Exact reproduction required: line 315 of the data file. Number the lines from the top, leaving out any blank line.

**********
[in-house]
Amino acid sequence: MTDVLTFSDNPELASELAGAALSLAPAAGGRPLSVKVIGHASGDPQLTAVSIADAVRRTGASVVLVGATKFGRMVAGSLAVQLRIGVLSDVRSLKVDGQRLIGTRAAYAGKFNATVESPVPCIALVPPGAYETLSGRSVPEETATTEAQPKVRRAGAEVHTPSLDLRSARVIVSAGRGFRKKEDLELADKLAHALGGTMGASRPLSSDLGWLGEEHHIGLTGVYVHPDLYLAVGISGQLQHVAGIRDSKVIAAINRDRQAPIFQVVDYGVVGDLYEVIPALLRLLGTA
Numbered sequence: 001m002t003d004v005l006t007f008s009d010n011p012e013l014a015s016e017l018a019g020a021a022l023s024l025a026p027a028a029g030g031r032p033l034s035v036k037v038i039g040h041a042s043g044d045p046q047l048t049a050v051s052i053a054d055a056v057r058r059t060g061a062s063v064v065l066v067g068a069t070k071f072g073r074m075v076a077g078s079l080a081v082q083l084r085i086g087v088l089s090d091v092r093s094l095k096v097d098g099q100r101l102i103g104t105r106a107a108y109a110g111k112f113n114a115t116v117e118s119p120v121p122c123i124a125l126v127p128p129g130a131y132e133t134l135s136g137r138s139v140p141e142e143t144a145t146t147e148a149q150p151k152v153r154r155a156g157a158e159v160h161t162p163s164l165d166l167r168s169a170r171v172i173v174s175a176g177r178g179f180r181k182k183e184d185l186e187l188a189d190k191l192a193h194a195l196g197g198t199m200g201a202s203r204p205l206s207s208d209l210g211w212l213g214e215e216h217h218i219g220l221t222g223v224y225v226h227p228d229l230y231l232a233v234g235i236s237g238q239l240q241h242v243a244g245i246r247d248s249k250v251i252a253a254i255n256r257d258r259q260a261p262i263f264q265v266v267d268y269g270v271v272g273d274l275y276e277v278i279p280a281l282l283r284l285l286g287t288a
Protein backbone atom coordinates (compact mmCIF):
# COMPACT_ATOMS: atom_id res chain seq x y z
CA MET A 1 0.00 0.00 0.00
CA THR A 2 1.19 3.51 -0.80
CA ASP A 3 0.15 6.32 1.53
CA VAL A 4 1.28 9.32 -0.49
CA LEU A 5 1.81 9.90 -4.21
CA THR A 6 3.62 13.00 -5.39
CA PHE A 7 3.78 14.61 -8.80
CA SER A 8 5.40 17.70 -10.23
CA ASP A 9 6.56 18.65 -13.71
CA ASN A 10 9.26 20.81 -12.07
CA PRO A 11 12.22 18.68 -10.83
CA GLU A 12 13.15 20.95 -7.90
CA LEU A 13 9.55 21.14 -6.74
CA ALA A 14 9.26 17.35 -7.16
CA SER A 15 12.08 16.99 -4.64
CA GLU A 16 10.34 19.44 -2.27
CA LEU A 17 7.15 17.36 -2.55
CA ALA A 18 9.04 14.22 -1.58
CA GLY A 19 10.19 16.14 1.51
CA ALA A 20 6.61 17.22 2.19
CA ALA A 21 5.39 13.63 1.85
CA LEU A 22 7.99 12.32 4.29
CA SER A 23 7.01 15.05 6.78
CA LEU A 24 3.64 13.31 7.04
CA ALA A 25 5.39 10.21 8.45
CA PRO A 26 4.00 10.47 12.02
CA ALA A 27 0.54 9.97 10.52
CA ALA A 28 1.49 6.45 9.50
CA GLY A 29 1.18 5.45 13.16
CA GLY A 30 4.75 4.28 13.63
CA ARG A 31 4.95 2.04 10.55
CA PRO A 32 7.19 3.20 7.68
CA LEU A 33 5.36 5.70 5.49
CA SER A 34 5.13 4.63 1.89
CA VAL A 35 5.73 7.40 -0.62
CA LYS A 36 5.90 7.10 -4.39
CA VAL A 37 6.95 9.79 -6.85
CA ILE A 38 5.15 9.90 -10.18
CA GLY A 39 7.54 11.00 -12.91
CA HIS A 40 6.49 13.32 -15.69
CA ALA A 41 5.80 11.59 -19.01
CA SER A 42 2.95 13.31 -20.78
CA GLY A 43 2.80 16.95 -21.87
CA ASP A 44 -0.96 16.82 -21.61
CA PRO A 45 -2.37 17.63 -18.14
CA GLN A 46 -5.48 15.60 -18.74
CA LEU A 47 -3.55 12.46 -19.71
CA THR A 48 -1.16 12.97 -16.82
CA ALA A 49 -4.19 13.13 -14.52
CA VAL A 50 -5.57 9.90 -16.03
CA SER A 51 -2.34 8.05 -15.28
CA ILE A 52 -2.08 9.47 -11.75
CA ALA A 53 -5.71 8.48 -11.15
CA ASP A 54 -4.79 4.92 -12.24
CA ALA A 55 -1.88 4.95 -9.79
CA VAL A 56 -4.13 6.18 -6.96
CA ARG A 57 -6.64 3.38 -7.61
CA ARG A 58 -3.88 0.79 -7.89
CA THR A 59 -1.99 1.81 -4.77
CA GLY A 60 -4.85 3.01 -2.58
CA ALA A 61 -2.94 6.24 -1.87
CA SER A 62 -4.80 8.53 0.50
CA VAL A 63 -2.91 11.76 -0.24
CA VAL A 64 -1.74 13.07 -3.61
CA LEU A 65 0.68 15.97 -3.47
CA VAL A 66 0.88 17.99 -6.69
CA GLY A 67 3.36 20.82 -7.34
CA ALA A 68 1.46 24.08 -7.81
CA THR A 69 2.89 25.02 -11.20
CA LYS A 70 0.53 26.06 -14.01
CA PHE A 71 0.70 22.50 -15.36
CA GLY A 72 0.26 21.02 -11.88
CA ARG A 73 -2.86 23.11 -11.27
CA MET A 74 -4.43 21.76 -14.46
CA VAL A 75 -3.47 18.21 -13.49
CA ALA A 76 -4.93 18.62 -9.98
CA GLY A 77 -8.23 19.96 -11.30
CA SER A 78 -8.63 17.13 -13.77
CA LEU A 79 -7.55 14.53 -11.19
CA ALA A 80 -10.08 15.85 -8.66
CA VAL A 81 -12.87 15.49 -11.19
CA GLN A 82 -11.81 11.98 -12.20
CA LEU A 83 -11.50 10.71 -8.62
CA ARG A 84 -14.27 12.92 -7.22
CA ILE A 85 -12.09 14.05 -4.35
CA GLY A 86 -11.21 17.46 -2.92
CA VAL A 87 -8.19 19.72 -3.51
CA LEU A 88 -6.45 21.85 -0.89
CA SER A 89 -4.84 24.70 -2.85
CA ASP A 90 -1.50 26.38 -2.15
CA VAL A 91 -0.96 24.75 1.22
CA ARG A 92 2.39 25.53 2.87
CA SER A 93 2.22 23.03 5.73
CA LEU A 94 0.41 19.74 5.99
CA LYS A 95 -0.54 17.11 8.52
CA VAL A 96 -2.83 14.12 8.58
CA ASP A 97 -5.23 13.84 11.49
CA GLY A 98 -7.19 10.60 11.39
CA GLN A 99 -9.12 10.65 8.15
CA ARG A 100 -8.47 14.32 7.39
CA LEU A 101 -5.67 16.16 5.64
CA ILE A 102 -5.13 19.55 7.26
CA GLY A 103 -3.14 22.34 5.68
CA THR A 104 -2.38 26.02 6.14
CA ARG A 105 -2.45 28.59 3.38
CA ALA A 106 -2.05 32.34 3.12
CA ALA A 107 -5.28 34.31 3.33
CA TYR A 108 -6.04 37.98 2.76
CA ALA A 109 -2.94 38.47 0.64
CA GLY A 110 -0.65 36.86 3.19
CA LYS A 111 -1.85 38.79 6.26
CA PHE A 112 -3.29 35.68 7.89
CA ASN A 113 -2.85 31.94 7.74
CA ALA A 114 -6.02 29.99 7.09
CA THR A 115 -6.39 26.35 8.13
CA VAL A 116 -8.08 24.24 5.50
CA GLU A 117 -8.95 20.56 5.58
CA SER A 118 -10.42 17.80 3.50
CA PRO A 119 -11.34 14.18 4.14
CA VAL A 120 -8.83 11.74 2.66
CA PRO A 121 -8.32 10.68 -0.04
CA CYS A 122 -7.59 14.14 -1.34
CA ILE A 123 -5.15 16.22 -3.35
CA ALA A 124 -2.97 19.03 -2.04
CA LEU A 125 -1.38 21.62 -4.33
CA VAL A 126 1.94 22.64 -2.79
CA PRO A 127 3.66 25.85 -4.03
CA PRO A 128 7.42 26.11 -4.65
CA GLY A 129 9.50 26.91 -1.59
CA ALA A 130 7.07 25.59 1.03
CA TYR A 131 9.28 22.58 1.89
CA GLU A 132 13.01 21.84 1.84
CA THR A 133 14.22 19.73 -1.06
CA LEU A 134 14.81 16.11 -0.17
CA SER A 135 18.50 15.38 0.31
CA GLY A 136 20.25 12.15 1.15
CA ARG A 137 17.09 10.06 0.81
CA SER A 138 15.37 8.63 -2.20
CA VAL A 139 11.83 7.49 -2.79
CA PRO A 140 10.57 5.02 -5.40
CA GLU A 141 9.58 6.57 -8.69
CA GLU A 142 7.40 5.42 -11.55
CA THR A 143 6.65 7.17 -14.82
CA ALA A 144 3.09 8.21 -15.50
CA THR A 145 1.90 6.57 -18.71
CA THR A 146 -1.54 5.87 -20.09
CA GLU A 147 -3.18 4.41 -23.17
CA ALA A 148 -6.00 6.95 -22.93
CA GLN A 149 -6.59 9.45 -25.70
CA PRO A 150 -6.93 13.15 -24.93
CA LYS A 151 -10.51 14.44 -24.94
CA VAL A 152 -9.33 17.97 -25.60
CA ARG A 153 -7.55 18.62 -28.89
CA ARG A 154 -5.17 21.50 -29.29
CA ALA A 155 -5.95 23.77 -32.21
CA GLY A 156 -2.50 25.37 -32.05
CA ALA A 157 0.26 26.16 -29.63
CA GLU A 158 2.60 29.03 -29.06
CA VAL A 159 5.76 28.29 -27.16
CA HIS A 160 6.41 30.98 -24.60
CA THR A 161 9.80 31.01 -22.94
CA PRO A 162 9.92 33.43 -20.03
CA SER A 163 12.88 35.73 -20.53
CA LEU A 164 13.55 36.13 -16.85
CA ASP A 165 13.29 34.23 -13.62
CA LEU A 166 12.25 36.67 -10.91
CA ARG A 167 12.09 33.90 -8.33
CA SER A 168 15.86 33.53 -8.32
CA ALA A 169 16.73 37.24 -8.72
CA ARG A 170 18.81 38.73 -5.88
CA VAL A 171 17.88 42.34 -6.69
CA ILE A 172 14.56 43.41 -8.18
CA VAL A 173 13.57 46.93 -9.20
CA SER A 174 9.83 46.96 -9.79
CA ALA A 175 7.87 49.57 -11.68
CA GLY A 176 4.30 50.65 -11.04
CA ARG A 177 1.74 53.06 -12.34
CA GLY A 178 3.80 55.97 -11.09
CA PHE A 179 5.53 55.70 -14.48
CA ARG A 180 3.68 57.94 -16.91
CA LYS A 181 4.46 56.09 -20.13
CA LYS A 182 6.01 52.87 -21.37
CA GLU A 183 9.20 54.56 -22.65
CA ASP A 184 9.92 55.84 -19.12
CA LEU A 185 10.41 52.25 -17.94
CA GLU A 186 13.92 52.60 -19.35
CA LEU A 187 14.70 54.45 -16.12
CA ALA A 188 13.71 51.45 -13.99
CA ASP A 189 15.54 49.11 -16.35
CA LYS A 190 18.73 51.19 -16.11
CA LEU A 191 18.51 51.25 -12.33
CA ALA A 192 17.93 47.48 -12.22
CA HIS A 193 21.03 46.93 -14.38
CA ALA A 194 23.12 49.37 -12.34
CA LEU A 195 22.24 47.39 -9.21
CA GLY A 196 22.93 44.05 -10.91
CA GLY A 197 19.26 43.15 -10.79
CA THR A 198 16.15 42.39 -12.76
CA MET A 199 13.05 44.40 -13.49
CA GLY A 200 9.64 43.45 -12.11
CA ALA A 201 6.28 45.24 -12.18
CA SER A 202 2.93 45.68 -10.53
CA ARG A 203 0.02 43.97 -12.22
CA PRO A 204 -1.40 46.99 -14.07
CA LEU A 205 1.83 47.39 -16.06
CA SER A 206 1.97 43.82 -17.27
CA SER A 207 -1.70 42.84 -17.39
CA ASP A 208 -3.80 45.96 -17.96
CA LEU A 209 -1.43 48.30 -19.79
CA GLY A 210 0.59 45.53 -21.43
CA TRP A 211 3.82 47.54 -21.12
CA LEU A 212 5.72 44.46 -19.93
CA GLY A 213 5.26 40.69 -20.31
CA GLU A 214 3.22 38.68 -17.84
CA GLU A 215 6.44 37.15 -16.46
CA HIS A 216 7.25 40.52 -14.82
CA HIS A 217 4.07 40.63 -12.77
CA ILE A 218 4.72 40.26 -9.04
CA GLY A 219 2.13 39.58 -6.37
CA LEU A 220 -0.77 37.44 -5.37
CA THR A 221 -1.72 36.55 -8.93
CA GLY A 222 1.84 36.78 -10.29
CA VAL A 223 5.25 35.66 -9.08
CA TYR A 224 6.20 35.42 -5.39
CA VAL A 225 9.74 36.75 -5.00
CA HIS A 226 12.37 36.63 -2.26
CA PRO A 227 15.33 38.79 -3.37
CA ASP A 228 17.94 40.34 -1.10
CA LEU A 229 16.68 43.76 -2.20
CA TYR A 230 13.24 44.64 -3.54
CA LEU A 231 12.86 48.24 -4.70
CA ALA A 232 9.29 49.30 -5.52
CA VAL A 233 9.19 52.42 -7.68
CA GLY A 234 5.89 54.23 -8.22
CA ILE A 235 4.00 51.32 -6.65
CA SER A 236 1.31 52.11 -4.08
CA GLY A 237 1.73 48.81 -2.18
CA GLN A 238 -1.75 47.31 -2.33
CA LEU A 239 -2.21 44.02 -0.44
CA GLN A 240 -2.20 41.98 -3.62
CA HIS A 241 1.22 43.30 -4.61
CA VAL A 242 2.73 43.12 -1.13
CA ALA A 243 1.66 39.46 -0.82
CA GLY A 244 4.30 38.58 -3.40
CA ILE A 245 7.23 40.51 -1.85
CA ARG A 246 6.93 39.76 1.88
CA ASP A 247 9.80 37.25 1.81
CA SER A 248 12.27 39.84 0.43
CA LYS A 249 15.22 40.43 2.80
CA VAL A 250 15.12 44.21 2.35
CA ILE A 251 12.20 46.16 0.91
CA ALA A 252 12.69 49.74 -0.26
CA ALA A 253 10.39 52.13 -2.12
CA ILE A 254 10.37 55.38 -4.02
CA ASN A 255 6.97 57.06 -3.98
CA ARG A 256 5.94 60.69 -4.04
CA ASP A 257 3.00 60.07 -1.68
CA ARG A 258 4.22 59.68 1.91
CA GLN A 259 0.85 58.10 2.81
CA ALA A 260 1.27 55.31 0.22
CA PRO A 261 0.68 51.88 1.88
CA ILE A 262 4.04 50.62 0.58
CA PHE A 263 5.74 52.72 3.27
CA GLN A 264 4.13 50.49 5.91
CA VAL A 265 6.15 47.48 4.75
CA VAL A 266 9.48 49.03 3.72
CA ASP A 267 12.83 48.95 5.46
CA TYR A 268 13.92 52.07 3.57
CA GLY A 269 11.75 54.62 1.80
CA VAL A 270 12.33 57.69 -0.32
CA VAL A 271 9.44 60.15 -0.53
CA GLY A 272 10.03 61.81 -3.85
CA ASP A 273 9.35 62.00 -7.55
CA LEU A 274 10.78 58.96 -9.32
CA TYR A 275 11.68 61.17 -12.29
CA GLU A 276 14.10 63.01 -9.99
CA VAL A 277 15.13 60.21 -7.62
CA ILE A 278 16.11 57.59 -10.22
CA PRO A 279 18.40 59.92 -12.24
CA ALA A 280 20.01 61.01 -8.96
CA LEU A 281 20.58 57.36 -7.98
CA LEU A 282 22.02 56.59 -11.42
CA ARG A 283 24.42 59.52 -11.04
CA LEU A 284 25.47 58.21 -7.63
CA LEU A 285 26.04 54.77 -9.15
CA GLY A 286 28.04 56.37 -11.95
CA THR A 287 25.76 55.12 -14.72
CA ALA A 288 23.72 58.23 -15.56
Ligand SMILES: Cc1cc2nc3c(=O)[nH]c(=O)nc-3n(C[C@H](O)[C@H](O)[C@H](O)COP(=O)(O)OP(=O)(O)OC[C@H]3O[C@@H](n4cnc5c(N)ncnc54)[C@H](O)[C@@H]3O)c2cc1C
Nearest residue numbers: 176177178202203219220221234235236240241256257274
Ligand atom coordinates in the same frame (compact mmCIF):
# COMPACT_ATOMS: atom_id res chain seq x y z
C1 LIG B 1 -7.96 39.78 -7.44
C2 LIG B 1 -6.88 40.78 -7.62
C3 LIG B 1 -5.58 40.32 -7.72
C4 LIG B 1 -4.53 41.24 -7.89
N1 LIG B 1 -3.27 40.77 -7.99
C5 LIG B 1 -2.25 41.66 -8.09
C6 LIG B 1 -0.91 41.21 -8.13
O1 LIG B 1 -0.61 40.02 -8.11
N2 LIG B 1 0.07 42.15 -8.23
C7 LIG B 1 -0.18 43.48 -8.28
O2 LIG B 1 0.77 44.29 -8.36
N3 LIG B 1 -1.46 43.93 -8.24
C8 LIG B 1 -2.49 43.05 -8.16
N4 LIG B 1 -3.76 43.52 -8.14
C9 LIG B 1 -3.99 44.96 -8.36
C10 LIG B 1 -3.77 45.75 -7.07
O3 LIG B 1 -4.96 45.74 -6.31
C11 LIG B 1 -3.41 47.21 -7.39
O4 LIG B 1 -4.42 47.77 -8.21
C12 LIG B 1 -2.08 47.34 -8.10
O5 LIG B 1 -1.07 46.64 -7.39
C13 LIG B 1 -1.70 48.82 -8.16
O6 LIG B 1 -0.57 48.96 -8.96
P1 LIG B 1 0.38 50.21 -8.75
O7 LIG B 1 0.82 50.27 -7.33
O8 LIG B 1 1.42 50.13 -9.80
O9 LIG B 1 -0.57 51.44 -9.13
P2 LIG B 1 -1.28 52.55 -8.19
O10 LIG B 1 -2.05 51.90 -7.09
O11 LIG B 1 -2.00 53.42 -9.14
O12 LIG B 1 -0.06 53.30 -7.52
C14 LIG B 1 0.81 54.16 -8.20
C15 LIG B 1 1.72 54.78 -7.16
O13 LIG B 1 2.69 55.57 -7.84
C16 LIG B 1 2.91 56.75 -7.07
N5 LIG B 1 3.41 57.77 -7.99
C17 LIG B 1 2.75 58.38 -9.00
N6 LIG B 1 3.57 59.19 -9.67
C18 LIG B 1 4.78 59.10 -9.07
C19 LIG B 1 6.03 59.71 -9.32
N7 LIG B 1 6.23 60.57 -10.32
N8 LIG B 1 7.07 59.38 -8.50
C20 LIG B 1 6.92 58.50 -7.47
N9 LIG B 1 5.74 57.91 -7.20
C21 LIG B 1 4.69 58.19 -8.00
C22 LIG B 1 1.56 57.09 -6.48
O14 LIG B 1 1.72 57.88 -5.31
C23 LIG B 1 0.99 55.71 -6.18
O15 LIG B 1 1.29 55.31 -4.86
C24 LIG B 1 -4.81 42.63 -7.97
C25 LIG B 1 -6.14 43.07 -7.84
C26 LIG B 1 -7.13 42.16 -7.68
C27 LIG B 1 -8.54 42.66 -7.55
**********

C11 LIG B 1 -3.41 47.21 -7.39